5 Things Co-Parenting Is Not — And How To Address Them

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The struggle is real! When we got married, we envisioned somewhat of a peaceful coming together. That’s not always the case, or reciprocated. But man, if we don’t try to achieve some sense of normalcy in our homes!

So, I thought it was important to cover a few common things seen in co-parenting relationships that aren’t working effectively and efficiently.

What Co-Parenting Isn’t

  1. Making all the decisions yourself.
  2. Choosing not to share important dates and events so you can avoid your ex.
  3. Having your kids report back to you what their visit consisted of/what’s going on with the other parents. 
  4. Streamlining professionals through you so you can modify, manipulate, or choose not to disclose information about the children.
  5. Refusing to seek professional help for your children when/if they struggle having a relationship with their other parents. 

Co-parenting means the parenting responsibilities, burdens, struggles, successes, bonuses, and decisions are shared. Decisions are made collectively between two or more parents, and parents have chosen to work together to parent in the best interest of their children.

mom holds her baby close while carrying bags
Courtesy of Christopher Luther (via Unsplash)

Try Parallel Parenting

It all stops being fun and games when one or more people decide to take it upon themselves to play judge, jury, and executioner. Things get complicated, high-conflict personalities flare, resentments resurface, and we’re back at ground zero.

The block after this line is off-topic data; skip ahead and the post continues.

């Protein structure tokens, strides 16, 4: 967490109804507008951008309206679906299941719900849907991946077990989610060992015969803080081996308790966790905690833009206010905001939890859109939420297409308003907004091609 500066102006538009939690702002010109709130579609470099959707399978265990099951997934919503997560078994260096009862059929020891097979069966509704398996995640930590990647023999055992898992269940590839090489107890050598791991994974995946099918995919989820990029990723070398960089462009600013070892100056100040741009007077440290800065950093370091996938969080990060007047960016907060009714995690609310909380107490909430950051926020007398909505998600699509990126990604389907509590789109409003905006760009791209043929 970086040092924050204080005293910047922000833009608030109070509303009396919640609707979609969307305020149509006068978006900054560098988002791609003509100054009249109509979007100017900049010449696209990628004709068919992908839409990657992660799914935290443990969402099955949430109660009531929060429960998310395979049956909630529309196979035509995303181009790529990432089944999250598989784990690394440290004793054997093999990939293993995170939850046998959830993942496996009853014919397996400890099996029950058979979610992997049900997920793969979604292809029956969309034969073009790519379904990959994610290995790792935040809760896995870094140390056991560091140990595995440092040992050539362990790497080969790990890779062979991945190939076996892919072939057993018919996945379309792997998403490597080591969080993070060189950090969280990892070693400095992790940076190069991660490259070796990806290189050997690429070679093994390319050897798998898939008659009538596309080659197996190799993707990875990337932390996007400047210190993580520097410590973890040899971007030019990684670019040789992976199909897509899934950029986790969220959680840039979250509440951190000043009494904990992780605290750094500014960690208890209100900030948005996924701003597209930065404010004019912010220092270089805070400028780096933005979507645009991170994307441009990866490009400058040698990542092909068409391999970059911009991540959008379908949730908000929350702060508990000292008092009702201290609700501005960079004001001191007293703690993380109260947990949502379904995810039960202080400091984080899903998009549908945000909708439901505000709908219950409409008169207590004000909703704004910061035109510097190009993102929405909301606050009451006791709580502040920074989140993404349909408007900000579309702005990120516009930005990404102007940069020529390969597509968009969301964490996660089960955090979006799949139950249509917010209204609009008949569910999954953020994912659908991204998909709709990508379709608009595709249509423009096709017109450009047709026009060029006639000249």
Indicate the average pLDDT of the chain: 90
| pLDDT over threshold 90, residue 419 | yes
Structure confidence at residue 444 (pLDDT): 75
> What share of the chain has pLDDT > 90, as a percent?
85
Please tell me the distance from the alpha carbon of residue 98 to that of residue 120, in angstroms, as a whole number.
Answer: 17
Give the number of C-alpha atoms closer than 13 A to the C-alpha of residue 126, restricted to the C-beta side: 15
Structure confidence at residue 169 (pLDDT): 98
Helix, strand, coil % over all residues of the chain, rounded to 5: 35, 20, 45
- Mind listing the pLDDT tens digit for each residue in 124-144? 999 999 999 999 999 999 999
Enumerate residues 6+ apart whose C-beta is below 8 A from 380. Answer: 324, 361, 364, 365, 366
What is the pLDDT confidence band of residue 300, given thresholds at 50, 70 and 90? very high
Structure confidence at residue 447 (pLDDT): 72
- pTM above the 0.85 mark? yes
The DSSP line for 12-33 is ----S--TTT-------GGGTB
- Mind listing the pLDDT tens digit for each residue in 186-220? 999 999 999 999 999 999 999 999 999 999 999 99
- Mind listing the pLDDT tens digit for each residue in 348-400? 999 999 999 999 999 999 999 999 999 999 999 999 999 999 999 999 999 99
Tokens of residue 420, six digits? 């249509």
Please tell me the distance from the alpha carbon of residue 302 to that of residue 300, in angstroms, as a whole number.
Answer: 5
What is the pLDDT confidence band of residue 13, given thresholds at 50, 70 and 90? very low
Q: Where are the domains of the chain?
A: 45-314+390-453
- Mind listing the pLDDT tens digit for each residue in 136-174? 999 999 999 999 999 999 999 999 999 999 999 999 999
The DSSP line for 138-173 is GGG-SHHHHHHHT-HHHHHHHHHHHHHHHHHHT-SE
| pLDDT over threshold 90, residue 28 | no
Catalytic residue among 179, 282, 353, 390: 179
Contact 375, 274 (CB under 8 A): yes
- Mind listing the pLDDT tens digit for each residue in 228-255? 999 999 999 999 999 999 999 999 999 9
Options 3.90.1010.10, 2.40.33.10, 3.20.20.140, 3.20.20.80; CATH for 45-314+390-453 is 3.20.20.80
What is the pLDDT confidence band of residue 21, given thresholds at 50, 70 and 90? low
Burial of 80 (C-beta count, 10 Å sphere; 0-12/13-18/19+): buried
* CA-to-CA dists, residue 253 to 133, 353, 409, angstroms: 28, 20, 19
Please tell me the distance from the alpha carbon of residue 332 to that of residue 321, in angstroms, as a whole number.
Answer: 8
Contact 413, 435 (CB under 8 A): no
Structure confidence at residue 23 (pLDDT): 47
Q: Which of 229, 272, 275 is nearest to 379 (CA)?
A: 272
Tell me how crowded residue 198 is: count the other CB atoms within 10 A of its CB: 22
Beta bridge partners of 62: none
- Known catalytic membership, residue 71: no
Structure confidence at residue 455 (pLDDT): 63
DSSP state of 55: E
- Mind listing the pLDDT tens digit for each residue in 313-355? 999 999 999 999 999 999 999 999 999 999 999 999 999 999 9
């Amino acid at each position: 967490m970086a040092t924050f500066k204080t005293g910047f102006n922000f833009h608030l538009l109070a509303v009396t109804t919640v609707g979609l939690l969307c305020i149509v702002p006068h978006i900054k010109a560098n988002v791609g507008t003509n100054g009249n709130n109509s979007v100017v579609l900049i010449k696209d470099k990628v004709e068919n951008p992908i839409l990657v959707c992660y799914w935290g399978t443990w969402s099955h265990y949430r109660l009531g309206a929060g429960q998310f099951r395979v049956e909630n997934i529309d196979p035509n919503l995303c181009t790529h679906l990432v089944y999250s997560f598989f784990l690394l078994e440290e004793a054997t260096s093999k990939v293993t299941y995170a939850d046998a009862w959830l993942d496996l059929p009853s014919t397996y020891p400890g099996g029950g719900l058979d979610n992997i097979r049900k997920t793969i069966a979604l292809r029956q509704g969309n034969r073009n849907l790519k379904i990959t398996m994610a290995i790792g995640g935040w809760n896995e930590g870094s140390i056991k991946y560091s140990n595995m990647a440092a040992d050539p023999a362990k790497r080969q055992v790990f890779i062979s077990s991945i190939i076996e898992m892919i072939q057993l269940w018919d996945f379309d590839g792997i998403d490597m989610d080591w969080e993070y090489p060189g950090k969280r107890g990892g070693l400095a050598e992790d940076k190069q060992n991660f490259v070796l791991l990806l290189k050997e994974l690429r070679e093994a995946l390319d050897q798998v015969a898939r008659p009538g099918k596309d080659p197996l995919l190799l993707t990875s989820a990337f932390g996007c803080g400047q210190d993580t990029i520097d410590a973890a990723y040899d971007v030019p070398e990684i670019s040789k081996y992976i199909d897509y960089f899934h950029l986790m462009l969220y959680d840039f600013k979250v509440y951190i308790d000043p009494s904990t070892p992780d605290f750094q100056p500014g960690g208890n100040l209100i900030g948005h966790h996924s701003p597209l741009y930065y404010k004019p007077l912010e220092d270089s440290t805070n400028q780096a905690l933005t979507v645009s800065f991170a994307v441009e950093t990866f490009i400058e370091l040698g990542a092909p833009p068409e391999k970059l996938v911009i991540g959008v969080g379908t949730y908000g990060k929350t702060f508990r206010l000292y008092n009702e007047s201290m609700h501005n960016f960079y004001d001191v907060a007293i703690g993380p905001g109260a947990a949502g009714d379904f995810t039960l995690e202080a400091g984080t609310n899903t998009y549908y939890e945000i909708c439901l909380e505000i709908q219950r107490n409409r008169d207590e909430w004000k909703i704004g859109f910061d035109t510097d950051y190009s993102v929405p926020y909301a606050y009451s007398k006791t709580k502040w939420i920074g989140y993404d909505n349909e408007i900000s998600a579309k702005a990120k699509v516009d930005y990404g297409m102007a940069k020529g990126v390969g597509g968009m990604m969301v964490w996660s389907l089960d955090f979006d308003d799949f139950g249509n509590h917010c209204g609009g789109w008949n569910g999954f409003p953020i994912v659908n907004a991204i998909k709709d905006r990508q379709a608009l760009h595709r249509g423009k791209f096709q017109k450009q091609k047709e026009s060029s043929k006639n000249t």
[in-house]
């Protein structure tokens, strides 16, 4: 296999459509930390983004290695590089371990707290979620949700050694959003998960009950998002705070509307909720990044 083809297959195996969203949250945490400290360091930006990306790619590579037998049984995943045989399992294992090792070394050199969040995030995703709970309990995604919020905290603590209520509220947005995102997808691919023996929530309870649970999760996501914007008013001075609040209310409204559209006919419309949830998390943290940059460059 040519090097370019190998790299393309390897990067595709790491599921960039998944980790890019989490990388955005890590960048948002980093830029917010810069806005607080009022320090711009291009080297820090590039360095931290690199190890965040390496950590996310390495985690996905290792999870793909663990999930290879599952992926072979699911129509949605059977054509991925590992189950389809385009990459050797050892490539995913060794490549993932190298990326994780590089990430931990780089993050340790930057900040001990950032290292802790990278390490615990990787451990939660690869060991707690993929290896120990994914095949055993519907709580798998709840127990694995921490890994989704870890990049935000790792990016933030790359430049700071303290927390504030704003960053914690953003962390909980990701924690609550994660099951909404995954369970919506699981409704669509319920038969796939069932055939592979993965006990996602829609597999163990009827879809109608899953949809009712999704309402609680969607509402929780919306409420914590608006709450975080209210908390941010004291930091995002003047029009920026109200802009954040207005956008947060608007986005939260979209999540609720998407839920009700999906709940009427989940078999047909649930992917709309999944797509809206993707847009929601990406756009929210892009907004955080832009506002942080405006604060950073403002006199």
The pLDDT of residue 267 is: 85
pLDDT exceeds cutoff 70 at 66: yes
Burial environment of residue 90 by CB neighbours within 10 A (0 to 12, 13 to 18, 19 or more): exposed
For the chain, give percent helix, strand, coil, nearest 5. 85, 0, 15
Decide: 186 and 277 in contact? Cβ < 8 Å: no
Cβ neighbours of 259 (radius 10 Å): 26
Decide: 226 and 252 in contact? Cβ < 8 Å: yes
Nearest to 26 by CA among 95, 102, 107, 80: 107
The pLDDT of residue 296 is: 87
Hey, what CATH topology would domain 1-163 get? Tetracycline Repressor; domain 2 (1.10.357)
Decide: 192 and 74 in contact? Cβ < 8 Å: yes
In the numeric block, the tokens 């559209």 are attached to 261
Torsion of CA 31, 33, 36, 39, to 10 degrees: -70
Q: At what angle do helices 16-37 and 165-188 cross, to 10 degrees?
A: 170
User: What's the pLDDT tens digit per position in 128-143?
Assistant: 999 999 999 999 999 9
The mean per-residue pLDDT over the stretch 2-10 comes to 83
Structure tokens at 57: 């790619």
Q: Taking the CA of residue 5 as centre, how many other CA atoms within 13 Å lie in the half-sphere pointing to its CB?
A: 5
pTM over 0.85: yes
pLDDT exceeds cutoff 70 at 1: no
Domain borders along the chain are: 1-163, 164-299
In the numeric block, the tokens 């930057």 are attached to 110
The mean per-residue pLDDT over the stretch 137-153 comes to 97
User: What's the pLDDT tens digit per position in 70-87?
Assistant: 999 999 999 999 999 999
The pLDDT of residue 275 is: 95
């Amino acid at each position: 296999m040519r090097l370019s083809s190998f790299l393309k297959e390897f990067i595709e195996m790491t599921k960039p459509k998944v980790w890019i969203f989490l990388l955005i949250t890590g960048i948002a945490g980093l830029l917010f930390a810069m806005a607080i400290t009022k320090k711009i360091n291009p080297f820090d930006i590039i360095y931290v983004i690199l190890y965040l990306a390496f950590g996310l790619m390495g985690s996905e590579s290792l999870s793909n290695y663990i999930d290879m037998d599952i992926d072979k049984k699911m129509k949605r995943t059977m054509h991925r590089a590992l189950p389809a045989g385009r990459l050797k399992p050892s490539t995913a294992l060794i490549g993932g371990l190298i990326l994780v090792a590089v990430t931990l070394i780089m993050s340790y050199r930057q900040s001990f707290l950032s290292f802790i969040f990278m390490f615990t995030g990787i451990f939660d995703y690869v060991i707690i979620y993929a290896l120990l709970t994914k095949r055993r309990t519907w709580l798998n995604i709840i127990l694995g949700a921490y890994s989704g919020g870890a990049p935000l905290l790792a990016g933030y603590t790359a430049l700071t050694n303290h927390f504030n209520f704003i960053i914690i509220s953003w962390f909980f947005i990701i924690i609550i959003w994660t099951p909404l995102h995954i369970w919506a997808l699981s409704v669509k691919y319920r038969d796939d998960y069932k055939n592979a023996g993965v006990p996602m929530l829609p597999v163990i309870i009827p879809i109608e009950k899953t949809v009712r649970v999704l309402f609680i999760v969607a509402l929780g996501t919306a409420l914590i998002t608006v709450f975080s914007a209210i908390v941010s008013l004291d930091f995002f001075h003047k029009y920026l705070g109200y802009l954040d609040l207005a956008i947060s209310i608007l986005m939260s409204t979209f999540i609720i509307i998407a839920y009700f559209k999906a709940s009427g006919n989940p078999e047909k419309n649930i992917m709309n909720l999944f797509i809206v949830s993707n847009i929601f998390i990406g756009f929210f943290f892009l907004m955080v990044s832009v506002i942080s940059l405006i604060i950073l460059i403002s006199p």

If this sounds familiar, parallel parenting will work miracles better for you… and maybe you parallel parent for a while until circumstances or situations change.

Rule #1 (and arguably the most important): Always remember, you are not locked into anything. If things aren’t working on paper, look into getting a modification of the parenting arrangement. Make sure you have rules for each situation you’re struggling with in black and white and court ordered. Then, if/when things go sideways, you can seek legal assistance in filing for contempt of the current court order. (Insure you keep excellent documentation of events where things go awry.)

It’s unfair and unbalanced when one parent makes all the sacrifices; regardless of what their title is. Parenting, even if you can’t get along enough to co-parent, can still be equal and fair, allowing each parent to shoulder half of the responsibilities for the children, even while parallel parenting with minimal communication on their time.

No one should feel like they’re the only one making sacrifices. No one should have to make all the sacrifices. Many times responsibilities can be split, but one or more parents feel like they must make all the sacrifices and shoulder all responsibilities. Practice giving up control on the other parents’ time, allowing them to be responsible for the children during their parenting time.

child stands between parents as they all walk holding umbrellas
Courtesy of James X (via Unsplash)

This story was submitted to Love What Matters by Heather Leanne. You can follow her journey on Instagram, Facebook, and her blog. Submit your own story here, and be sure to subscribe to our free email newsletter for our best stories.

Read more from Heather here:

How To Respond To Children’s Questions About The ‘Other Parent’ Without Badmouthing

Co-Parenting Is Not About Perfection, But Consistent Effort

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‘Enough is enough.’ The moment she wrote me back and agreed to a fresh start was a huge relief.’: Moms come together and make amends to co-parent

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